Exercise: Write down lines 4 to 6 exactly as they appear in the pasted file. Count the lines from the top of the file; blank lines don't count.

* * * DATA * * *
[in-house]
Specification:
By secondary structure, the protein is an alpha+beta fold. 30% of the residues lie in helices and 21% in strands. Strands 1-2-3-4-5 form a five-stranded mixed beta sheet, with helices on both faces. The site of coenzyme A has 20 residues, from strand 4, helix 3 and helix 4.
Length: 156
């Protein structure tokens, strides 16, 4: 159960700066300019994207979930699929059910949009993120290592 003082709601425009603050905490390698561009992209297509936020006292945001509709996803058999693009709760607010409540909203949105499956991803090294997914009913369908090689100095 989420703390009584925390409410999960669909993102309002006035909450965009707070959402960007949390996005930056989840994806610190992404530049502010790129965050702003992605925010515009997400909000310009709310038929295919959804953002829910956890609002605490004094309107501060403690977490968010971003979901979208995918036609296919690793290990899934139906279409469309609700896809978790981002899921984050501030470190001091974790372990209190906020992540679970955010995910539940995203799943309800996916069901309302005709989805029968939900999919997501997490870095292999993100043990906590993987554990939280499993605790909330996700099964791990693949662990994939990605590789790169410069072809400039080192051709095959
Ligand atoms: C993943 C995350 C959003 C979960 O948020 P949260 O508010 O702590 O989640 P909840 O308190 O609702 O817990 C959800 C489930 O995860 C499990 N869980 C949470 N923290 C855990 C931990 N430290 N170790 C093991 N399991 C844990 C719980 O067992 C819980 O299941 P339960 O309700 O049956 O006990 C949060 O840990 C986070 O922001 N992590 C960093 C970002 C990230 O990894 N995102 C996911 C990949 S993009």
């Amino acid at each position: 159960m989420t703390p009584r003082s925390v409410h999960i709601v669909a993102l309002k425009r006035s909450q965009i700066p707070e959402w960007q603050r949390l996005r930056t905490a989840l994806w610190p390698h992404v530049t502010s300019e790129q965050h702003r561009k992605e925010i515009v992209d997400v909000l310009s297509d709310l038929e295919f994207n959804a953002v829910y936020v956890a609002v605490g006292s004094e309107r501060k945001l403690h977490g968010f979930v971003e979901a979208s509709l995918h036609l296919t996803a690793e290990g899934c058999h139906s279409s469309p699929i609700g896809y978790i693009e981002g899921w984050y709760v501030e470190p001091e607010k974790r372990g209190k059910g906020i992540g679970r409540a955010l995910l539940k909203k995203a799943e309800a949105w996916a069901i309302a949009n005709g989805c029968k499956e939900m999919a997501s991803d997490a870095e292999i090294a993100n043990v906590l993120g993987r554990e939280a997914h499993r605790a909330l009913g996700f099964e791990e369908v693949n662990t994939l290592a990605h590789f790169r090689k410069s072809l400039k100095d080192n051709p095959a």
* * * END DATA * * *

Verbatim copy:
Length: 156
């Protein structure tokens, strides 16, 4: 159960700066300019994207979930699929059910949009993120290592 003082709601425009603050905490390698561009992209297509936020006292945001509709996803058999693009709760607010409540909203949105499956991803090294997914009913369908090689100095 989420703390009584925390409410999960669909993102309002006035909450965009707070959402960007949390996005930056989840994806610190992404530049502010790129965050702003992605925010515009997400909000310009709310038929295919959804953002829910956890609002605490004094309107501060403690977490968010971003979901979208995918036609296919690793290990899934139906279409469309609700896809978790981002899921984050501030470190001091974790372990209190906020992540679970955010995910539940995203799943309800996916069901309302005709989805029968939900999919997501997490870095292999993100043990906590993987554990939280499993605790909330996700099964791990693949662990994939990605590789790169410069072809400039080192051709095959
Ligand atoms: C993943 C995350 C959003 C979960 O948020 P949260 O508010 O702590 O989640 P909840 O308190 O609702 O817990 C959800 C489930 O995860 C499990 N869980 C949470 N923290 C855990 C931990 N430290 N170790 C093991 N399991 C844990 C719980 O067992 C819980 O299941 P339960 O309700 O049956 O006990 C949060 O840990 C986070 O922001 N992590 C960093 C970002 C990230 O990894 N995102 C996911 C990949 S993009």